Then, as the years and decades passed, doctors on the front line started to come back with another question. All over the world, they were being encouraged to tell patients that depression is, in fact, just the result of a spontaneous chemical imbalance in your brain – it is produced by low serotonin, or a natural lack of some other chemical. It’s not caused by your life – it’s caused by your broken brain. Some of the doctors began to ask how this fitted with the grief exception. If you agree that the symptoms of depression are a logical and understandable response to one set of life circumstances – losing a loved one – might they not be an understandable response to other situations? What about if you lose your job? What if you are stuck in a job that you hate for the next 40 years? What about if you are alone and friendless?

depression

Illustration by Michael Driver

The grief exception seemed to have blasted a hole in the claim that the causes of depression are sealed away in your skull. It suggested that there are causes out here, in the world, and they needed to be investigated and solved there. This was a debate that mainstream psychiatry (with some exceptions) did not want to have. So, they responded in a simple way – by whittling away the grief exception. With each new edition of the manual they reduced the period of grief that you were allowed before being labelled mentally ill – down to a few months and then, finally, to nothing at all. Now, if your baby dies at 10am, your doctor can diagnose you with a mental illness at 10.01am and start drugging you straight away.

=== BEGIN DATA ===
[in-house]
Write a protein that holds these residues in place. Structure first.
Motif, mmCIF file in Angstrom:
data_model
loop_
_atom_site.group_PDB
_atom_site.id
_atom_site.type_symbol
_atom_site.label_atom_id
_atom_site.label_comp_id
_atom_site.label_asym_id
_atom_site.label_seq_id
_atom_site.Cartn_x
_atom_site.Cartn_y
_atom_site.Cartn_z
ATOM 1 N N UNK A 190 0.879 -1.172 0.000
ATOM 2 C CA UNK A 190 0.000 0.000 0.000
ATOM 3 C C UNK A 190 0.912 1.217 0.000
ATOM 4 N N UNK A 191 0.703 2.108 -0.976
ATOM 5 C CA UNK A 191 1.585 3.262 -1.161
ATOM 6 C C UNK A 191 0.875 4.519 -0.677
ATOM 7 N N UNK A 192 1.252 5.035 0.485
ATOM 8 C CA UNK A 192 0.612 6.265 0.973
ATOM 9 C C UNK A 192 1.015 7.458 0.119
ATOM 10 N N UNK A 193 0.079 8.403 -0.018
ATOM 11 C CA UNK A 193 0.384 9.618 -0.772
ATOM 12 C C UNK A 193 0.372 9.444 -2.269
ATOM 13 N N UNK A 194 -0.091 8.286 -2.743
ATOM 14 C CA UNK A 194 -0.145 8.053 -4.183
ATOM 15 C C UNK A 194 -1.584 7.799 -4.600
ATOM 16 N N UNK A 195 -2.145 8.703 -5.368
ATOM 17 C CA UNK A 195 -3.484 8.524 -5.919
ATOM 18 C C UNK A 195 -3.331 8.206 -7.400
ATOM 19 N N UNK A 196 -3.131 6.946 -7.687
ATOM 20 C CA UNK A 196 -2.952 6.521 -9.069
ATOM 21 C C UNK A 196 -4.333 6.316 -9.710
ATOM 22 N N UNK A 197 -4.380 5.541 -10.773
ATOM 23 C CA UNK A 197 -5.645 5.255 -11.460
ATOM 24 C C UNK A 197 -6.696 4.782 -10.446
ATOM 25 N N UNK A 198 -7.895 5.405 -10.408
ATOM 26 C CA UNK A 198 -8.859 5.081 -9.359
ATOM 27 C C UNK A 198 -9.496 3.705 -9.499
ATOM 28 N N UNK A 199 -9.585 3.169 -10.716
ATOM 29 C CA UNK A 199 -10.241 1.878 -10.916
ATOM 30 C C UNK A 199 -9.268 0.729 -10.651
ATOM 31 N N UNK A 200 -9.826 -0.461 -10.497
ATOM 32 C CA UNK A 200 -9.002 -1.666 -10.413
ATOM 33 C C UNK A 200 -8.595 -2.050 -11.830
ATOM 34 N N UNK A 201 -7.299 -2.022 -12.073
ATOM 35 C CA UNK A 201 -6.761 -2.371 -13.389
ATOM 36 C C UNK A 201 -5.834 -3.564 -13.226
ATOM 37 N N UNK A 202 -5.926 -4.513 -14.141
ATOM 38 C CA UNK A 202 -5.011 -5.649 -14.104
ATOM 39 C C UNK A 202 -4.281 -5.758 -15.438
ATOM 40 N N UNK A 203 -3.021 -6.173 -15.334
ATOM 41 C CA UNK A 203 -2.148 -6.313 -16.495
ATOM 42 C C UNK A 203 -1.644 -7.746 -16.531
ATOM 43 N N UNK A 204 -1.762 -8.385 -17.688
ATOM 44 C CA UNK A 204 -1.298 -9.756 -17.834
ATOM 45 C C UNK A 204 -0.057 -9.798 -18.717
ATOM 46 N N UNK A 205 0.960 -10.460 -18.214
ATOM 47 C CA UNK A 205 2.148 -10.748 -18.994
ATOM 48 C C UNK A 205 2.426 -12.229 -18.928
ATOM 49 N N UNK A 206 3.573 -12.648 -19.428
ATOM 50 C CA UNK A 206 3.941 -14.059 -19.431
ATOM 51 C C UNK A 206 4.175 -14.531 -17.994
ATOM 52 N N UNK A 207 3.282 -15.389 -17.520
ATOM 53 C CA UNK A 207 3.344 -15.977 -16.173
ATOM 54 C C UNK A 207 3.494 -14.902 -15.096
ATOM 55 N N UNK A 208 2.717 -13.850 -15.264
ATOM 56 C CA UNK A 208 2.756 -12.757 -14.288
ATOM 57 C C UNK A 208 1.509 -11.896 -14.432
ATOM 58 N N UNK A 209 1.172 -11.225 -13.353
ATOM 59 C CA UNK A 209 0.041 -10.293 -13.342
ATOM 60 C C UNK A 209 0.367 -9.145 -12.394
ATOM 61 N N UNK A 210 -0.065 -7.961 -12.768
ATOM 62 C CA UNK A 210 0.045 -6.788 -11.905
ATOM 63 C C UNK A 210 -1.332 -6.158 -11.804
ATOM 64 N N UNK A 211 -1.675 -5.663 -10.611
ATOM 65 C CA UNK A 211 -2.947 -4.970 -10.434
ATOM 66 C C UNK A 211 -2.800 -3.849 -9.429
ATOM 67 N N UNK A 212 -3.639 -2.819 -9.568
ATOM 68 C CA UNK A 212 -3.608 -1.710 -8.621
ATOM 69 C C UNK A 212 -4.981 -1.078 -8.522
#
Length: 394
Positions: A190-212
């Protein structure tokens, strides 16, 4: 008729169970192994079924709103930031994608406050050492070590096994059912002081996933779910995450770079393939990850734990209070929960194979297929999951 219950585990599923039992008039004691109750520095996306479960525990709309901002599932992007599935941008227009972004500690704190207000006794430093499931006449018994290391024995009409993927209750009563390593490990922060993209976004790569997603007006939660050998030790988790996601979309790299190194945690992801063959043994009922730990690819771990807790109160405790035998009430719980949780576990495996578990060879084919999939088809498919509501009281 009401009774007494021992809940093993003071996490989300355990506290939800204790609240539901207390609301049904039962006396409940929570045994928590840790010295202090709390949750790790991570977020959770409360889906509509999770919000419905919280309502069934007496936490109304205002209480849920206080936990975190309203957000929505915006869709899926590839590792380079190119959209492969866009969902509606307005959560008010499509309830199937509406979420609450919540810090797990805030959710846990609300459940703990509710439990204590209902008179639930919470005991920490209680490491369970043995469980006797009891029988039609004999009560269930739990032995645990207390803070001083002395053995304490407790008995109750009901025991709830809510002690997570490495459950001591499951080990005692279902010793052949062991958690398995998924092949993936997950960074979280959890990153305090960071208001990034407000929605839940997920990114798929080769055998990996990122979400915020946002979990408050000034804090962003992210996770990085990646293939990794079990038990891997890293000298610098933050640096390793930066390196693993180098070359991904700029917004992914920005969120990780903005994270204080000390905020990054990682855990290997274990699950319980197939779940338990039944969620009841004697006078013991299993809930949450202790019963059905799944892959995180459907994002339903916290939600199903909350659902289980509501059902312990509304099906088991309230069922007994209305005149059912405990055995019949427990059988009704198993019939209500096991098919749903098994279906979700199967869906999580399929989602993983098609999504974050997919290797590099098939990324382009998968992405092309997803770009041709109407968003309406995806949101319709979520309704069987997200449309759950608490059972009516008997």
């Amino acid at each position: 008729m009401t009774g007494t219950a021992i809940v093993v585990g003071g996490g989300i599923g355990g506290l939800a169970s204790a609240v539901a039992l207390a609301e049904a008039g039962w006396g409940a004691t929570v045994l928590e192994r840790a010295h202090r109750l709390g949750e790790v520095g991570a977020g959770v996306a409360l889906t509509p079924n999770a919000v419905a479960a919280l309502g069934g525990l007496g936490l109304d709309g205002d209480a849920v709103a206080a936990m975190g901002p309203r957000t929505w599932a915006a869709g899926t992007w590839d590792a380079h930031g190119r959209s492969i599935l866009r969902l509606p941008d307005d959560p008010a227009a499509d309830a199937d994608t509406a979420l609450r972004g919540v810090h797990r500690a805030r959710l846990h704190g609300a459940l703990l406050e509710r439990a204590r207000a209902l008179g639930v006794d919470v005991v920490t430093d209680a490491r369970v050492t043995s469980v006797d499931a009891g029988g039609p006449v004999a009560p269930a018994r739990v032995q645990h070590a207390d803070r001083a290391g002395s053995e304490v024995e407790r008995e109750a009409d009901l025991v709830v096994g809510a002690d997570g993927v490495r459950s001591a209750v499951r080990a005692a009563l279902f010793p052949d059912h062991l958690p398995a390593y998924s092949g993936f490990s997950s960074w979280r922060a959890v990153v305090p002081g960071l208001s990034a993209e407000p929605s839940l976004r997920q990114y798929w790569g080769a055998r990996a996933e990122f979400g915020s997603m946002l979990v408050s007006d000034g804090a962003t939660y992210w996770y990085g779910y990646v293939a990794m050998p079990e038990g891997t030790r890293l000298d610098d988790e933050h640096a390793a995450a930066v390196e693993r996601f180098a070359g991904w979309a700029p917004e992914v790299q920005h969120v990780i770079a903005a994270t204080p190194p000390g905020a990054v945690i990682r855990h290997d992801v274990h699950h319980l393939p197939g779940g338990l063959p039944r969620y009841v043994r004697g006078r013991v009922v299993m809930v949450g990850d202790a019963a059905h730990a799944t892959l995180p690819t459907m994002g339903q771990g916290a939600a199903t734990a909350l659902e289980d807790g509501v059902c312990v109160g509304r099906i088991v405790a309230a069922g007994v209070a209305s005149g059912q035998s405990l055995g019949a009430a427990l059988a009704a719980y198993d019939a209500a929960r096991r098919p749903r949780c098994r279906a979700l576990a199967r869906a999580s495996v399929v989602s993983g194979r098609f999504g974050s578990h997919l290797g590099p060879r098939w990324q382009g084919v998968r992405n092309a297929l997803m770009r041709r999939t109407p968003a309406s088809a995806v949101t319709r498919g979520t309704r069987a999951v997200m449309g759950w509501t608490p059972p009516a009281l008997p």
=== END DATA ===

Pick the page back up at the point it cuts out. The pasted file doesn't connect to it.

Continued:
Read the rest of this entry »


A few years ago, I wrote about “The Paradox of Capitalism,” which reflected on the reality that we are dependent for survival on the very system that is threatening the survival of our entire planet.

paradoxWith the passing of time, the paradoxical nature of our world has only revealed itself more. The most powerful man in the world right now is perhaps the very worst possible person one could choose to hold such a responsibility. We’ve also seen a string of sexual abuse scandals begin to emanate from the most powerful people in Hollywood.

Why is it that those who abuse others seem to wind up in positions of authority and are enabled in their abuse, while those abused are often silenced for years or even decades? 

Let’s investigate this question through the use of paradoxes – I hope they will shed some light on the subject. I’ll begin with the most obvious and then build toward to the core of our question.

Age

The young take great pains to appear older; the old take great pains to appear younger.

For the young, time passes excruciatingly slowly; the older one gets, the more one realizes how rapidly time passes, and consequently how young one actually is.

Knowledge

The least knowledgeable are the most likely to declare what they think they know; the most knowledgeable are the most likely to admit what they don’t.

People who speak the most often have the least to say; people who speak the least often have spent the most time in quiet observation, and therefore have the most wisdom to share.